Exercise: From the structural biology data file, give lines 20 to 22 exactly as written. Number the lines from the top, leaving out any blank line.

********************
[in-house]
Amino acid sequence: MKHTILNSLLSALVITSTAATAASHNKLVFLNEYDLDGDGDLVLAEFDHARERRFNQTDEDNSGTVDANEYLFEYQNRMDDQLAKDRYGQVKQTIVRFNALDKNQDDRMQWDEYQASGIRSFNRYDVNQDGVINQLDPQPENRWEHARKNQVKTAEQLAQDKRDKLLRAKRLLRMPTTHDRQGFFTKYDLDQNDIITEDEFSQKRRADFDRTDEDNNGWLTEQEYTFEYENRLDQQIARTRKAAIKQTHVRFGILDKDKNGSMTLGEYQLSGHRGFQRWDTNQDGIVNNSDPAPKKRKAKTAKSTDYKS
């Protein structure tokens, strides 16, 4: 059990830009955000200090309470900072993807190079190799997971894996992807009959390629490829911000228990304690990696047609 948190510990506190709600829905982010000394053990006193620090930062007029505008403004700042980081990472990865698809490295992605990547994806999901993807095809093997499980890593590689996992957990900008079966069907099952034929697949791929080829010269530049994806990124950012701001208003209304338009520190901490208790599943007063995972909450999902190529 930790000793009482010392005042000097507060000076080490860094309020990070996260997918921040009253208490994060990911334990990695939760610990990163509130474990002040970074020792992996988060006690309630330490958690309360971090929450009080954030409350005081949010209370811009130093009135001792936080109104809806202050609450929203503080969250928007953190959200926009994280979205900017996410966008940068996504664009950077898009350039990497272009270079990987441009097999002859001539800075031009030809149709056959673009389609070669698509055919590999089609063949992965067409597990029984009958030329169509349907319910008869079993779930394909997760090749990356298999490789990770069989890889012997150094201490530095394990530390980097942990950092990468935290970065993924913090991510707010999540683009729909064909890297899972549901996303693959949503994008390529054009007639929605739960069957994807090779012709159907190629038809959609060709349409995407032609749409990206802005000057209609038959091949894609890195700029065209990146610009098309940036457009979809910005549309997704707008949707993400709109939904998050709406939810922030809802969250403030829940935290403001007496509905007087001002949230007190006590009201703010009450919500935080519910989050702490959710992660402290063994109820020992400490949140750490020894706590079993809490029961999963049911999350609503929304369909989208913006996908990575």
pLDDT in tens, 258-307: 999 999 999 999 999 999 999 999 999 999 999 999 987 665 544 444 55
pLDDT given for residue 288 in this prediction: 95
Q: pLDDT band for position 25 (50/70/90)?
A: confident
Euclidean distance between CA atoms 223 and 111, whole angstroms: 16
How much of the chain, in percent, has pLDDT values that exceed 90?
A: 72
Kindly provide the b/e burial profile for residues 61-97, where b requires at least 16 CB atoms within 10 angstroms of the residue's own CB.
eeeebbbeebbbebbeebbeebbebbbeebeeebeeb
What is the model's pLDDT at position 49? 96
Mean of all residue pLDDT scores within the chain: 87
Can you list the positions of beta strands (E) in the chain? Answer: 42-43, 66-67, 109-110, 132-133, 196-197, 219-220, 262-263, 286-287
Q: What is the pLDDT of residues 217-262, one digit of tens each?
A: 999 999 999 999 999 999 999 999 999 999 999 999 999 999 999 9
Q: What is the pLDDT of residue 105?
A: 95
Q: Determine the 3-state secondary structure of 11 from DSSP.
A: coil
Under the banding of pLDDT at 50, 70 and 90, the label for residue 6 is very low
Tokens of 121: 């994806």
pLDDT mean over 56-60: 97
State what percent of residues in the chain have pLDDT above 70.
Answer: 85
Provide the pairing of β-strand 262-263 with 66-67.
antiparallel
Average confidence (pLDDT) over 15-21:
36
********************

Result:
Q: Determine the 3-state secondary structure of 11 from DSSP.
A: coil
Under the banding of pLDDT at 50, 70 and 90, the label for residue 6 is very low